The Supercharged 3800 swap is a fairly common one among Fiero owners, as it only requires some light tweaks to the engine and transmission mounts and one axle, and wrecked Pontiacs are a common find in Pick-N-Pulls across America. All of those tweaked mounts are even sold together in a kit, should you also choose to 3800 swap your own Fiero. For the axles, he used a driver’s side axle from an automatic Fiero and a passenger’s side one from a Pontiac Grand Prix GTP.
To keep things relatively simple, they also used the Grand Prix GTP’s 4T65E-HD automatic transmission that mates to the 3800 engine. While an automatic in a Fake-40 may sound like even more sacrilege, all the parts were absurdly reasonable—a must for a budget-limited Lemons build.
“I think we paid $198 for our entire motor (with the supercharger) and another $98 for the transmission,” Wilson told Jalopnik.
Because the car was all so scuzzy and was likely partially underwater at one point in time, though, the wiring harness absolutely had to go. Once again, it was GTP to the rescue.
“We also swapped the entire Fiero wiring harness for the one that came out of the donor Grand Prix GTP,” Wilson told Jalopnik. “Headlights to taillights (including the gauge cluster) is now Grand Prix GTP. So the car thinks its a Grand Prix. It just doesn’t realize that it’s really a Fiero in a Ferrari fat suit.”
Next up were the brakes, which were swapped for a Wilwood big brake kit in the front and in the rear, a set of rotors, calipers and pads from a Grand Am. The front suspension was upgraded in order to accommodate the Wilwood kit, however, the Grand Am rotors—which were the same size as the Fiero’s, only vented—bolted to the stock Fiero location without any modifications.
Wheels were a bit trickier, as they wanted to keep the F40-style wheels that came with the car, but no one makes Lemons-legal tires (which are street tires with 190 treadwear or greater) that fit the meaty 12-inch-wide, 16-inch rims in the rear.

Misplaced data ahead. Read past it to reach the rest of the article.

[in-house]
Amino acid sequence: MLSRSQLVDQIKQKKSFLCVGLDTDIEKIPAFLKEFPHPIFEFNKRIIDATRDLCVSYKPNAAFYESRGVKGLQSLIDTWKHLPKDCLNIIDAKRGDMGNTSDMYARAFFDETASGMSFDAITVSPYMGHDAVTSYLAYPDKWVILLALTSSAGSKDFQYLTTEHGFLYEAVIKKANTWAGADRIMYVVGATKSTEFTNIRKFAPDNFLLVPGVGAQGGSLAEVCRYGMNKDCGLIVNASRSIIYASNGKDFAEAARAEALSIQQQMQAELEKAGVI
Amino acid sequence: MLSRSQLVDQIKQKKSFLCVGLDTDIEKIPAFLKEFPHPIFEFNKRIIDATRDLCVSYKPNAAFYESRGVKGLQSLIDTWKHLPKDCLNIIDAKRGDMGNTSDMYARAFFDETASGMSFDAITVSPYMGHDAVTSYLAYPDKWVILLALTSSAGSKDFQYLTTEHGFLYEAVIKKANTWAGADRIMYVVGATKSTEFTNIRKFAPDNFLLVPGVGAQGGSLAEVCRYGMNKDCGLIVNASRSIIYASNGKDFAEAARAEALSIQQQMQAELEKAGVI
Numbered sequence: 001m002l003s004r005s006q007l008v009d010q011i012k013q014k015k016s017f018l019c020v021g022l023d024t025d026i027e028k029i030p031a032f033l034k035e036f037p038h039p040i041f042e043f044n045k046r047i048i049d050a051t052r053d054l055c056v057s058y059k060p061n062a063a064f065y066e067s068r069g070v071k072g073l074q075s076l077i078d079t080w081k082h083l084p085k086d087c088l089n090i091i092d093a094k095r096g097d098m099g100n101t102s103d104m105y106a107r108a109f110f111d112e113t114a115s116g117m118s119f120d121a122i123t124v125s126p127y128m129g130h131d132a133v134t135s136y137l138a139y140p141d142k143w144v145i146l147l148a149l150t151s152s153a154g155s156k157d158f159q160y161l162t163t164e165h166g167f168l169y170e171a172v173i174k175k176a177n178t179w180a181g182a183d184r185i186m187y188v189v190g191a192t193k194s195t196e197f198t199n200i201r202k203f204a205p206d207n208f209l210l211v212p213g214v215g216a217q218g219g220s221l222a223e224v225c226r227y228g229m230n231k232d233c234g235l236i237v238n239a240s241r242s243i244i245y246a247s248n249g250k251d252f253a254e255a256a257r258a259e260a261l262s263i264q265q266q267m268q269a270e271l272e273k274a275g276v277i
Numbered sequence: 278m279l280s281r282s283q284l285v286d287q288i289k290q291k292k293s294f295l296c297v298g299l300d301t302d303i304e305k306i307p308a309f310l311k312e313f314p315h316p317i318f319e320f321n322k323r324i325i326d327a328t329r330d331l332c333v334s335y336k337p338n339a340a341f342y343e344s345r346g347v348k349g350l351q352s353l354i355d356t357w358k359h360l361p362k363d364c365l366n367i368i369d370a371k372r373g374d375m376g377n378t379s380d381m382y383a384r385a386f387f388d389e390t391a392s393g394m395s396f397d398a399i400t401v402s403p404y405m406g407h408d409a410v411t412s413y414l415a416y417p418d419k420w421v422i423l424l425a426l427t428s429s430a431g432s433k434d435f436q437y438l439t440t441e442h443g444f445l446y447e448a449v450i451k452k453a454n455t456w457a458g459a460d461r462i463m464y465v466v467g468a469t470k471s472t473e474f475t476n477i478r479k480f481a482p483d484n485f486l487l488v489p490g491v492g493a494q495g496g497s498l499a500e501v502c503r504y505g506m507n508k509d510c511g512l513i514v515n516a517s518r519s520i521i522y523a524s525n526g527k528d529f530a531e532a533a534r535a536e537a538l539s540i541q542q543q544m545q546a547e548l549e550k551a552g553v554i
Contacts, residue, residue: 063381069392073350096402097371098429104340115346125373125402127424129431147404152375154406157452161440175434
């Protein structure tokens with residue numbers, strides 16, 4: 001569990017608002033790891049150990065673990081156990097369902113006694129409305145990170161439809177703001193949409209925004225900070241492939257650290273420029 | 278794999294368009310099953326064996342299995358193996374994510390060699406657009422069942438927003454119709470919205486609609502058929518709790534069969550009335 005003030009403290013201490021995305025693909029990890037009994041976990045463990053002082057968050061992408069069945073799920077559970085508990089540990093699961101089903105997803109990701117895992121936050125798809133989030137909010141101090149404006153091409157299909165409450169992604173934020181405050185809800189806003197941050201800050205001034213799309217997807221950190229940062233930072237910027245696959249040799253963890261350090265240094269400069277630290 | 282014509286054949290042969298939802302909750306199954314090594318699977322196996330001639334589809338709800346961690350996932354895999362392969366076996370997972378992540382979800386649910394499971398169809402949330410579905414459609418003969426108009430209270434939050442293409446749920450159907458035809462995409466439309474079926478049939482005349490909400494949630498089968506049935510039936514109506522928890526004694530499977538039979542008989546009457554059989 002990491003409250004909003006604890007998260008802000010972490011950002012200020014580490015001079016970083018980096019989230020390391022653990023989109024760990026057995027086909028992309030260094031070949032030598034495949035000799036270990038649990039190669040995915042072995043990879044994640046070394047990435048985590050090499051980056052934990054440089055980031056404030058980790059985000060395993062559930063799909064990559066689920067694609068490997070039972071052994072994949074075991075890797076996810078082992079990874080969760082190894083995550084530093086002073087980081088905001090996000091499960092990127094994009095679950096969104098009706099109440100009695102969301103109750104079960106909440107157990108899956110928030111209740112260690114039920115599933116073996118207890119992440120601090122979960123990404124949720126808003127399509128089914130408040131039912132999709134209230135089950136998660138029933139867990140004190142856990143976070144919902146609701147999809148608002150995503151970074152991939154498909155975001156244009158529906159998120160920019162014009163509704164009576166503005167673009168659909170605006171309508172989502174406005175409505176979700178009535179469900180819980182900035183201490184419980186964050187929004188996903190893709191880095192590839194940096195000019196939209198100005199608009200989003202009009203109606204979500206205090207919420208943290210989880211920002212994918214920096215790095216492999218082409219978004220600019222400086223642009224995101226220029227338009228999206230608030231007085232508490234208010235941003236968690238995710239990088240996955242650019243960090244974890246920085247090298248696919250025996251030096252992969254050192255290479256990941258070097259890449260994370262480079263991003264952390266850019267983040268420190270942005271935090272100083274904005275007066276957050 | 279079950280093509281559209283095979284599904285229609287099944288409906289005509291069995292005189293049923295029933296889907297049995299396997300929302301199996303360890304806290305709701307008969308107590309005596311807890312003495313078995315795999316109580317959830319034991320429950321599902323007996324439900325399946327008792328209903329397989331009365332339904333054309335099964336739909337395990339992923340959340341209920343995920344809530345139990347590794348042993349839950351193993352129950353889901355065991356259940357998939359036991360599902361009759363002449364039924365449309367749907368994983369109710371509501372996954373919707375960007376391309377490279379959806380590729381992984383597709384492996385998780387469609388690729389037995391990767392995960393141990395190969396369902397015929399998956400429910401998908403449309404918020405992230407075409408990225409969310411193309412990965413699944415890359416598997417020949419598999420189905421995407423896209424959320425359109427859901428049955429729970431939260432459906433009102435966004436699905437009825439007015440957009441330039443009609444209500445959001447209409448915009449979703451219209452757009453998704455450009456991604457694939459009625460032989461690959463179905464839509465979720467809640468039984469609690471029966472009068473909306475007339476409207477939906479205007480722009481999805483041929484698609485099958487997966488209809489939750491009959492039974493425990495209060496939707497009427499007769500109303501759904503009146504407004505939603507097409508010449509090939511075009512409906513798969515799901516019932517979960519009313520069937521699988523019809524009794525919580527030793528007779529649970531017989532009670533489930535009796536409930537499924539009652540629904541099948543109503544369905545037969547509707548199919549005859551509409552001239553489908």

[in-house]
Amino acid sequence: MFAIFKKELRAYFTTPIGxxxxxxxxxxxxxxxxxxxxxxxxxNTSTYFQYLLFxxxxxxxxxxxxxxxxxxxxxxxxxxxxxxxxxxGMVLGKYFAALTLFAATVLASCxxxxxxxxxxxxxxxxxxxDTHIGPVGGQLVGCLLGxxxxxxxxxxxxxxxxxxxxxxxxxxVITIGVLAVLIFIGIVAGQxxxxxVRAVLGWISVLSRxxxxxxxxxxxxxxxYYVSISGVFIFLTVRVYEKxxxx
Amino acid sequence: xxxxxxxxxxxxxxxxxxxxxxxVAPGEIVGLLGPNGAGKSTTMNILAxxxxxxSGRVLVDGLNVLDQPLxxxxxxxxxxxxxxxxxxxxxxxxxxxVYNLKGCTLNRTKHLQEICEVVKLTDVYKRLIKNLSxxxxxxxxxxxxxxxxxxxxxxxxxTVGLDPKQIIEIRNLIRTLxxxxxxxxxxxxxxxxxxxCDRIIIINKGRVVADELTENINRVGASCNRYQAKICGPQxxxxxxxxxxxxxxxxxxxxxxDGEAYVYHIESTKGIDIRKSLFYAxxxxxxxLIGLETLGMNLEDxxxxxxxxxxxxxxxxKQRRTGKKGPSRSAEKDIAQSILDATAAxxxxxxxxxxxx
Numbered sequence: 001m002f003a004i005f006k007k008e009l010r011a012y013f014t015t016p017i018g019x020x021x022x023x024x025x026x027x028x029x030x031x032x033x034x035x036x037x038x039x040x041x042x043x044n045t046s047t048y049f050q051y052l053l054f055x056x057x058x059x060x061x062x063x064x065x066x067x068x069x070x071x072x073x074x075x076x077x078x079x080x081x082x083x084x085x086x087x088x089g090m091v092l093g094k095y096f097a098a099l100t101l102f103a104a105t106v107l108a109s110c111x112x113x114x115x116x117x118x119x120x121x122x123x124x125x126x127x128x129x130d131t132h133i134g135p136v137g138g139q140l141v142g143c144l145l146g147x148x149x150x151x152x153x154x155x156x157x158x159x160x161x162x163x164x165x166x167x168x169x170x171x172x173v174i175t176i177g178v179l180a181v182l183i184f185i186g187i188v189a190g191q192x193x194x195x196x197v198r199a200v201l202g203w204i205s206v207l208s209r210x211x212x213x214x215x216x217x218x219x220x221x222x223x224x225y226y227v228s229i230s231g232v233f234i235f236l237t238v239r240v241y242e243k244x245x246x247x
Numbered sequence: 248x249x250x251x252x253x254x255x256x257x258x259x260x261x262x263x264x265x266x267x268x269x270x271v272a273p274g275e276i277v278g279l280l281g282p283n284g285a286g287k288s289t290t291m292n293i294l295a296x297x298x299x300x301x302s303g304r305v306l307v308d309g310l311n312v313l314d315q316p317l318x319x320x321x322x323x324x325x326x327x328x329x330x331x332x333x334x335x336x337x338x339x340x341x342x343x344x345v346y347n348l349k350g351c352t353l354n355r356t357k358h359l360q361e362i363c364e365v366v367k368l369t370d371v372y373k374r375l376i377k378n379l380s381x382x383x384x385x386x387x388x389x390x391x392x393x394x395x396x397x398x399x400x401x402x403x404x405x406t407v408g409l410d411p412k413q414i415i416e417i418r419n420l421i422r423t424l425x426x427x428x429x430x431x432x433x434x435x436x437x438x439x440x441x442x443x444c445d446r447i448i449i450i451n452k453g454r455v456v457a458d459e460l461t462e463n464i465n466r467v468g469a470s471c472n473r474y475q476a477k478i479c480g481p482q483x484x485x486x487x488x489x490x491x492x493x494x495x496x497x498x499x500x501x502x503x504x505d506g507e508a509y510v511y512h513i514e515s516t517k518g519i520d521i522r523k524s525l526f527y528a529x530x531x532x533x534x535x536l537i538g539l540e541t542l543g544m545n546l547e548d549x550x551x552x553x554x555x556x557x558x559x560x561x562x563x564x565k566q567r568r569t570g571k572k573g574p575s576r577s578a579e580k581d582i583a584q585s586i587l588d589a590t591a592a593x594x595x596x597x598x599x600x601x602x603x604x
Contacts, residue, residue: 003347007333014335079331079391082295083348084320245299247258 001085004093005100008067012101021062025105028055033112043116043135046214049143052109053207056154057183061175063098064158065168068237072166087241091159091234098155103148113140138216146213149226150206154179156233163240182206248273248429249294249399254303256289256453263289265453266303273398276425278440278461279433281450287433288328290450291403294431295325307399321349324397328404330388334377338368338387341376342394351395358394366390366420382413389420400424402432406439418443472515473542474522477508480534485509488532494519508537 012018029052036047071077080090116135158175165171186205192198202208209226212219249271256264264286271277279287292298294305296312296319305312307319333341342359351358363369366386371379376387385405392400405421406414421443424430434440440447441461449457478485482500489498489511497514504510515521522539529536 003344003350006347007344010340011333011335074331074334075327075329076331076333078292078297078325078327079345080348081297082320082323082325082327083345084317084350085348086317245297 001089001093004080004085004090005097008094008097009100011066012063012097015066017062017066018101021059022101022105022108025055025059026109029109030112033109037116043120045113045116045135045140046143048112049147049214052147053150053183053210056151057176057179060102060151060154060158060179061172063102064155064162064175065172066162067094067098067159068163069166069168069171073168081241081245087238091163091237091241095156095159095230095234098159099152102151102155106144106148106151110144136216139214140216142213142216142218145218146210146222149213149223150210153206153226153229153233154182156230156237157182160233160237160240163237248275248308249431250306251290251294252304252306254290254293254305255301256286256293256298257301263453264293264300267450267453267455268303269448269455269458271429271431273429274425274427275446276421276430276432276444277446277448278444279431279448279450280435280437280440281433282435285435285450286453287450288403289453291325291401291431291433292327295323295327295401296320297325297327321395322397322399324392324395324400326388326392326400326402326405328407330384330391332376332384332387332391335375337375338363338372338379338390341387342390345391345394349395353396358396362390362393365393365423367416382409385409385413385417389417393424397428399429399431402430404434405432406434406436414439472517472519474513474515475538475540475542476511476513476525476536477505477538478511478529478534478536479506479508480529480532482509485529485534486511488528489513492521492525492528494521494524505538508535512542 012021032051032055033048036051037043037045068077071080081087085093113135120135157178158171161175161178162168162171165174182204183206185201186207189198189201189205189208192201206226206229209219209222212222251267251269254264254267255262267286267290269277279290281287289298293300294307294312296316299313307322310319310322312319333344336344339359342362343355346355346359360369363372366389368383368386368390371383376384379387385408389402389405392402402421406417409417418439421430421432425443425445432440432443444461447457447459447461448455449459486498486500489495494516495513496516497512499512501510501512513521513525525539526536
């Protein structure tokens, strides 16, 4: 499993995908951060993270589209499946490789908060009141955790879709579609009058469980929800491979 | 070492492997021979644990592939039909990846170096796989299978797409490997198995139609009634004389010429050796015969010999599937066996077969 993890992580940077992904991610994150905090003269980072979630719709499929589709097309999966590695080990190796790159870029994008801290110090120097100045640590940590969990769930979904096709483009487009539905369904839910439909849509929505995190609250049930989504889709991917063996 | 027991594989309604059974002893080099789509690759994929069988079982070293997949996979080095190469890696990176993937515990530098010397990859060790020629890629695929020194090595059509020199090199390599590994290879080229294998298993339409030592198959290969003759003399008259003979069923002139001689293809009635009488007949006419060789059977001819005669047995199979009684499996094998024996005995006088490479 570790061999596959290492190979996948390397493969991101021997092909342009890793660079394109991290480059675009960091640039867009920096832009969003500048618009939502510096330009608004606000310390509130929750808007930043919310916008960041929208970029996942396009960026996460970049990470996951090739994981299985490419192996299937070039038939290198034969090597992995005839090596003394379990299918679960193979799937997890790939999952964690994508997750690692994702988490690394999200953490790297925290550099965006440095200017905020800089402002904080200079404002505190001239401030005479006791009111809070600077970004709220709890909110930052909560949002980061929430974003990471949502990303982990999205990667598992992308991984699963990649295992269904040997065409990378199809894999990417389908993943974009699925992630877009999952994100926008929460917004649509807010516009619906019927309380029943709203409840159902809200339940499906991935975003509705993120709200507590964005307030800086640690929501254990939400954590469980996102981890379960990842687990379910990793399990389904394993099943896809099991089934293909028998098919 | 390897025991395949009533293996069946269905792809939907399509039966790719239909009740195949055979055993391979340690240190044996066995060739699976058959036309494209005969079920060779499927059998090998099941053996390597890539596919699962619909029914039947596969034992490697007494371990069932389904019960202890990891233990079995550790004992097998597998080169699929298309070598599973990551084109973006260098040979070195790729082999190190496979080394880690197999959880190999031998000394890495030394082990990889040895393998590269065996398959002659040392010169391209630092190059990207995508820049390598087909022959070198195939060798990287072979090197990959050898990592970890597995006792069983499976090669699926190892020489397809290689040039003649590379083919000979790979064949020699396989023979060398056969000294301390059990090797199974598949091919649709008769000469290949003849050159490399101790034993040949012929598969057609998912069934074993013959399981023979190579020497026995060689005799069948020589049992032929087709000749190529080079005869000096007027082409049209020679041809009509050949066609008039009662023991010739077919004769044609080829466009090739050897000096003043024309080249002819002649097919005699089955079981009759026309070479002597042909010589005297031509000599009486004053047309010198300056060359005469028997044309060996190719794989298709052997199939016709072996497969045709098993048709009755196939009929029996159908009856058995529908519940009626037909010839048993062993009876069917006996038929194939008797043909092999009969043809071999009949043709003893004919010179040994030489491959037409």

They ultimately found a set of Hoosier 355/40R16 wet racing tires to put on that would allow them to show off the car on its original wheels when the car went through inspection, but a staggered set of 18-inch eBay XXR 555 wheels were bought to actually race on. They kept the staggered setup—8.5-inch-wide wheels up front and 10-inch-wide wheels in the back—but could then at least find and buy normal, Lemons-kosher Dunlop Z2 Star Spec tires for the car.
Wilson says it took them exactly 602 days to finish the Fiero before it went racing at Nola Motorsports Park. One major issue was the Fiero’s miserably small nine-gallon stock fuel tank, which forced them to stop way too often to fuel. A full tank only lasted 45 minutes to an hour on track, so the team plans to install a fuel cell in the future.
That wasn’t the only drama they encountered, though. The automatic transmission started overheating on the first day of the race, forcing them to move the transmission cooler further from the exhaust. Shortly after it was back out on track, the driver’s side steering knuckle broke, collapsing the right side of the car. Much of the rest of Saturday afternoon and evening was spent rebuilding that piece out of the broken pieces and a spare piece of roll cage tubing.
They thought Sunday would run smoothly after the fixed knuckle was on, but then the passenger’s side steering knuckle broke. Fortunately, having fixed the other side the day before, they knew what do and fixed it using another hunk of cage tubing with ninety minutes to go in the race, allowing it to take the checkered flag—a feat I couldn’t even pull off in my own race car that weekend.
Yet despite all of these issues, the car went on to win Lemons’ highest prize—Index of Effluency. That isn’t a race win, but it’s the prize given to the car that’s most in the spirit of the Lemons event: an oddball and/or terrible car with an over the top theme that holds its own on track. Fieros have traditionally done very poorly in Lemons for some reason, so in that context, this F40-bodied one actually held its own fairly well.
The team installed two Kirkey racing seats in the car, though, because the team would like to get it street legal. They may even take it on a Lemons Rally someday—the cross-country scavenger hunt road trips that spun out of the racing series.
Until then, I’d like to see more replica supercars hit the track. Want to prove that all the racy faux-Porsche 917 bodywork belongs on your crusty Beetle? Race it.